Bibliography

Boyd, C.P. Aisbett, DL. Francis, Kelly, K. & Newnham, M. 2005. Issues in rural adolescent mental health in Australia. Rural and remote health “The international journal of rural and remote health research education practice and policy, 6:501, 1-9.

Kiem, A.S. and Austin, E.K., 2013. Drought and the future of rural communities: Opportunities and challenges for climate change adaptation in regional Victoria, Australia. Global Environmental Change, 23(5), pp.1307-1316.

Kothari, C.R., 2004. Research methodology: Methods and techniques. New Age International.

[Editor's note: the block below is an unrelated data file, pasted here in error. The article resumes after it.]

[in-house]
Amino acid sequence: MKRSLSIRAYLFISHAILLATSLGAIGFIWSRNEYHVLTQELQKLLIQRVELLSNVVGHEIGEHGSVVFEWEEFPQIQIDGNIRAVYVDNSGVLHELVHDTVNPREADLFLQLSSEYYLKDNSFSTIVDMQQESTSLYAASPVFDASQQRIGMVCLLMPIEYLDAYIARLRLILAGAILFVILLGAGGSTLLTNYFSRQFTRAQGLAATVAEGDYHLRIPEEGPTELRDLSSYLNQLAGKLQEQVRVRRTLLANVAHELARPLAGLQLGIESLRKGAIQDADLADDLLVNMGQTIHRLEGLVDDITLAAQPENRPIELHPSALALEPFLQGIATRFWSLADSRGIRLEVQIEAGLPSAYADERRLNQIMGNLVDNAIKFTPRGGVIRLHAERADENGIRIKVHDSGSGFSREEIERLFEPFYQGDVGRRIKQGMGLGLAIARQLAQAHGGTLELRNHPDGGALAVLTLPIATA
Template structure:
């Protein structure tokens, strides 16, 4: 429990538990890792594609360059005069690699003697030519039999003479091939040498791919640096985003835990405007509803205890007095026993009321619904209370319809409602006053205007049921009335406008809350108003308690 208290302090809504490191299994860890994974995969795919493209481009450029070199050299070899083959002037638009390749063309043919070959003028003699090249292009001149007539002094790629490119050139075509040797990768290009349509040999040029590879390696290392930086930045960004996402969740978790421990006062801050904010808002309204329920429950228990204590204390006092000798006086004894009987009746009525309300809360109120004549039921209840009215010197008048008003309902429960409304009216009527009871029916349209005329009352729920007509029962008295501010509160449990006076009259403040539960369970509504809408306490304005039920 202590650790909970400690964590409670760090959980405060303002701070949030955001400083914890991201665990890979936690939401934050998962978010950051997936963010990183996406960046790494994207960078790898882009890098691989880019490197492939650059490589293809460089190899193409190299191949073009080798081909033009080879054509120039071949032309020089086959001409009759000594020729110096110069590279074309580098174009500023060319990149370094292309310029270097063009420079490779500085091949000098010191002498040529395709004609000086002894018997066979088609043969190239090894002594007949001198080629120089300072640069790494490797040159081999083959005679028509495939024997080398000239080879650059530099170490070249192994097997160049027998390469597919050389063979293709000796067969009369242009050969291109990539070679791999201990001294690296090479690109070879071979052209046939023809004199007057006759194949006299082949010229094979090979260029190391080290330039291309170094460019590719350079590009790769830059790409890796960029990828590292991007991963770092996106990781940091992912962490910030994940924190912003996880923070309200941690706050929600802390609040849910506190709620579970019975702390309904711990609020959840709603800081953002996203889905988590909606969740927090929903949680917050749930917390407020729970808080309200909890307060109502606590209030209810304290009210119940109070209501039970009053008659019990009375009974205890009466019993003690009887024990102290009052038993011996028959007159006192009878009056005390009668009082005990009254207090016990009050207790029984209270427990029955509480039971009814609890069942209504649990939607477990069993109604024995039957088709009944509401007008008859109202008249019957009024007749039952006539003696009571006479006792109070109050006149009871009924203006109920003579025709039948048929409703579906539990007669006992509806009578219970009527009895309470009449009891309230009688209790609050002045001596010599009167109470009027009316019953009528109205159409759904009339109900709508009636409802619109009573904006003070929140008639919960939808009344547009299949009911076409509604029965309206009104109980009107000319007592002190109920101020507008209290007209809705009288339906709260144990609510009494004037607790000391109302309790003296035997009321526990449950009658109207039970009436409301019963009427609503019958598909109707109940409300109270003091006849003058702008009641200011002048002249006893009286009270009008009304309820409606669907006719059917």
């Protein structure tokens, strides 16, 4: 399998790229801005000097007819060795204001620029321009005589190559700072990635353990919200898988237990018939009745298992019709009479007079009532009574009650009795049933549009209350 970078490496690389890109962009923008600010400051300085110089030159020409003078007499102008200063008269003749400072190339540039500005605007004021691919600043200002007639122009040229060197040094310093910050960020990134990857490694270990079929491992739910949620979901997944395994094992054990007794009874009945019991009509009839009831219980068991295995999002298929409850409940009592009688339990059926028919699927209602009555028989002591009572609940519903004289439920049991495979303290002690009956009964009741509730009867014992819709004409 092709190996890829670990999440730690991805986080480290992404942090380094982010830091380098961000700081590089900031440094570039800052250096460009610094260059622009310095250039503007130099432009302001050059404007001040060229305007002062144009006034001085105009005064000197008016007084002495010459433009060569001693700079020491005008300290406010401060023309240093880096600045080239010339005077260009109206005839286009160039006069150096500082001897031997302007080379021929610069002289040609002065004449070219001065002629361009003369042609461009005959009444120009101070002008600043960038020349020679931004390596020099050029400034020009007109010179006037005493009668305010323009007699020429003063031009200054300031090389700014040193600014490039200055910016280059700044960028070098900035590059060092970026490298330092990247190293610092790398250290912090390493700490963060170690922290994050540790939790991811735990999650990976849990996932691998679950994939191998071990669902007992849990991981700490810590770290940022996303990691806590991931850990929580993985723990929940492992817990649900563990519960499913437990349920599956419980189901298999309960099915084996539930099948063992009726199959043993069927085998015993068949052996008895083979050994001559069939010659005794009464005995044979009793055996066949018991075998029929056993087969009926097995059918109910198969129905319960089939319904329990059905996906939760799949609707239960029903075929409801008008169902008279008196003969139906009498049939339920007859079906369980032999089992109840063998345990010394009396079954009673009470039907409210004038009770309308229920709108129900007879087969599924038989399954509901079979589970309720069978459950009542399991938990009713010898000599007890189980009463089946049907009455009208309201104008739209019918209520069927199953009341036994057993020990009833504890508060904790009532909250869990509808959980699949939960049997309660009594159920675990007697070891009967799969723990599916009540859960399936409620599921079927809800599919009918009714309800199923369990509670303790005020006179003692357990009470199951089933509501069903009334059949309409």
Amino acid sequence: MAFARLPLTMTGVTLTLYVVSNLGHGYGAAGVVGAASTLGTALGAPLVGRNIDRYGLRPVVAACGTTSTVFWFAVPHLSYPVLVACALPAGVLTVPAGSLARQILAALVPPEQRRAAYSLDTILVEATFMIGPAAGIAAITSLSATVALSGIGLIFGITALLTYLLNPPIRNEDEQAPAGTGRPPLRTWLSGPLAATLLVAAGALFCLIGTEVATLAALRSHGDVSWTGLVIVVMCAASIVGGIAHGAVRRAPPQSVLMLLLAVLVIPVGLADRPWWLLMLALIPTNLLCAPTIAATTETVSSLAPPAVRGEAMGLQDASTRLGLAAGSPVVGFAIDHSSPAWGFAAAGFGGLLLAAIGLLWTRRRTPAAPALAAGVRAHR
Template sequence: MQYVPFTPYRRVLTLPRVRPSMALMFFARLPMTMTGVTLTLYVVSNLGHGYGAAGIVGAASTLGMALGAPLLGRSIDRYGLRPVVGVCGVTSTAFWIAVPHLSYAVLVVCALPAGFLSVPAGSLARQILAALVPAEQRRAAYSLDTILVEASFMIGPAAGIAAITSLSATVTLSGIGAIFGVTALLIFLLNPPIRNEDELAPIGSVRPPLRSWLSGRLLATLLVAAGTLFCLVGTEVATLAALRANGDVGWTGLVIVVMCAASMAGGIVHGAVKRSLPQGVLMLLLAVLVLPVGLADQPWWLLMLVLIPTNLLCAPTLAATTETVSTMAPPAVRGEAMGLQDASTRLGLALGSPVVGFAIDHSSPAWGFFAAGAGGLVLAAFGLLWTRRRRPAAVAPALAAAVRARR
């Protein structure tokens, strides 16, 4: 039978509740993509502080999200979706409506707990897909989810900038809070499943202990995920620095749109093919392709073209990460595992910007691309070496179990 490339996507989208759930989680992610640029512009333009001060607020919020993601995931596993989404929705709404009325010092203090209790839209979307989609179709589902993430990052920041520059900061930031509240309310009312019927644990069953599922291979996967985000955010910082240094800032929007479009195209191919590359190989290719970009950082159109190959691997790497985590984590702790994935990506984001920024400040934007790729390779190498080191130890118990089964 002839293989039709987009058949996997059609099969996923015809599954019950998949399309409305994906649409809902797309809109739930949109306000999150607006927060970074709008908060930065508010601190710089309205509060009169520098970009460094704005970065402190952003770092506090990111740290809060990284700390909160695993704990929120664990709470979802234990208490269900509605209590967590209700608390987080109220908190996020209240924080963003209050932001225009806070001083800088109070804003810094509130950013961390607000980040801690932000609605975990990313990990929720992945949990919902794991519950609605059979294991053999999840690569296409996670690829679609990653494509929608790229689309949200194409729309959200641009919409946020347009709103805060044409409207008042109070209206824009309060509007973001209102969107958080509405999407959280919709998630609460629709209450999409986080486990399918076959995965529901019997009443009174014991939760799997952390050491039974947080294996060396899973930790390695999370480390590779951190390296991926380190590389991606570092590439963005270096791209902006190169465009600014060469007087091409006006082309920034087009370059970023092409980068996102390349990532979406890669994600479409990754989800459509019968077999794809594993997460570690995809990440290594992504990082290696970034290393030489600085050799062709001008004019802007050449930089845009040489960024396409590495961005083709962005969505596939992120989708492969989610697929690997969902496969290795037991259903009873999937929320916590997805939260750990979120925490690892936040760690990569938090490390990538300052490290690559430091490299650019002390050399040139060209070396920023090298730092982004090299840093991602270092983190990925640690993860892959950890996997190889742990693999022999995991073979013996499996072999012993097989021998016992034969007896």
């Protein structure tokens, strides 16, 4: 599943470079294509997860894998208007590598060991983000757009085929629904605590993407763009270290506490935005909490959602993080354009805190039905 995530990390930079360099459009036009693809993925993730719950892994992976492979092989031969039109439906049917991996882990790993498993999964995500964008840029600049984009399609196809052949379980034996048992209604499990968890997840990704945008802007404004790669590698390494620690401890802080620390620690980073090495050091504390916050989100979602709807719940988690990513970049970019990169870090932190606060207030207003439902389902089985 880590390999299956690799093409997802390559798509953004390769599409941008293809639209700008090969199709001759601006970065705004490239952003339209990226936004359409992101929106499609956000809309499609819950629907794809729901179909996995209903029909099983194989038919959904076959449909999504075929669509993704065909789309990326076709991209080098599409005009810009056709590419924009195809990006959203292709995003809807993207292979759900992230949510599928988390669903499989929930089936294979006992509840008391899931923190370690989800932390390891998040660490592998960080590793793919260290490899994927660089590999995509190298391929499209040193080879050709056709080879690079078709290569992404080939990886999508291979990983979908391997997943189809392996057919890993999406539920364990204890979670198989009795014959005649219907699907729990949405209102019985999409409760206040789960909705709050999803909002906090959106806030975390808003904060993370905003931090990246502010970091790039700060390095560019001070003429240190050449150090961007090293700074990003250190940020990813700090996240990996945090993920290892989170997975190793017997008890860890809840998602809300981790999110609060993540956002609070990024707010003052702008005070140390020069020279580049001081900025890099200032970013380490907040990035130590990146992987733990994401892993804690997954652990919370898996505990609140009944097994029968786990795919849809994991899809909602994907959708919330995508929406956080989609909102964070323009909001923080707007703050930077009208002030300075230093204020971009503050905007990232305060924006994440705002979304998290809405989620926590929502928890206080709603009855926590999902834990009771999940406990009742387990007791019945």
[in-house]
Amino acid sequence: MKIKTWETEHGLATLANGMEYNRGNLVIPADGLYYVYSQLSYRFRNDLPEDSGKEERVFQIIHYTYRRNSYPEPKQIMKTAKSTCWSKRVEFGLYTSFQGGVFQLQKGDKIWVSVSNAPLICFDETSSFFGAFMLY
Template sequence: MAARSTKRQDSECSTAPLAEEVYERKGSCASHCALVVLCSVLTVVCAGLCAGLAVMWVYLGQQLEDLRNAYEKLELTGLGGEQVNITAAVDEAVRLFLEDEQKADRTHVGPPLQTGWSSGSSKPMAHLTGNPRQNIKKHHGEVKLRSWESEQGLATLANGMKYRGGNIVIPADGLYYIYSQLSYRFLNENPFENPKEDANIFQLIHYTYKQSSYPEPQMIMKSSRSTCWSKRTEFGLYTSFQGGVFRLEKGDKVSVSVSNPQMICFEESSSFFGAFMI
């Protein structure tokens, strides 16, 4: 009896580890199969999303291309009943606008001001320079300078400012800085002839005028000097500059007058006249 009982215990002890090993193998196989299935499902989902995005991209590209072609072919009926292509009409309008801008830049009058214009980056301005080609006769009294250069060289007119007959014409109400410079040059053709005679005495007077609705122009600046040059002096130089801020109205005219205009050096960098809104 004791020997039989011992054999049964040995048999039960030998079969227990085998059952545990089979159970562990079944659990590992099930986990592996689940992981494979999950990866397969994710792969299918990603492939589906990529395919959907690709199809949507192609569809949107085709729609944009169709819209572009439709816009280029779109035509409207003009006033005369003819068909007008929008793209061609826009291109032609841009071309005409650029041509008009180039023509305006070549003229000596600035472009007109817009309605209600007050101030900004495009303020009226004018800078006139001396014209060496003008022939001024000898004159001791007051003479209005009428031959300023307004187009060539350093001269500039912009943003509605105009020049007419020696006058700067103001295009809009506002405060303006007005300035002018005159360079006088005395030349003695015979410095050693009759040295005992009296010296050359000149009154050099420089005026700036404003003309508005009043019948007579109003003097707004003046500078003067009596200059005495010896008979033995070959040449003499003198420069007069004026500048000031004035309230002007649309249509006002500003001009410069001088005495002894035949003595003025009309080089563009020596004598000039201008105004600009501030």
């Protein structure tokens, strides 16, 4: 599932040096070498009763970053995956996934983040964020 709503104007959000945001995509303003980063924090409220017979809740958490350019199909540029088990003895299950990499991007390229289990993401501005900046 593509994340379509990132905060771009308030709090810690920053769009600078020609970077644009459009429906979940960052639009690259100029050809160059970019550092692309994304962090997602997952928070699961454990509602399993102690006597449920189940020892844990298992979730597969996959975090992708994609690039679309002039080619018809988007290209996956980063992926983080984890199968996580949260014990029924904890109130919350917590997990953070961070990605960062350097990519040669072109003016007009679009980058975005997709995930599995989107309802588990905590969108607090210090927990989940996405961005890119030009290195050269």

Mansuri, G. and Rao, V., 2004. Community-based and-driven development: A critical review. The World Bank Research Observer, 19(1), pp.1-39.

Thekimfoundation.org. (2016). What are the Causes of Mental Illness. [online] Available at: http://www.thekimfoundation.org/html/about_mental_ill/causes.html [Accessed 21 Apr. 2016].

Who.int. (2016). WHO | Mental health: a state of well-being. [online] Available at: http://www.who.int/features/factfiles/mental_health/en/ [Accessed 21 Apr. 2016].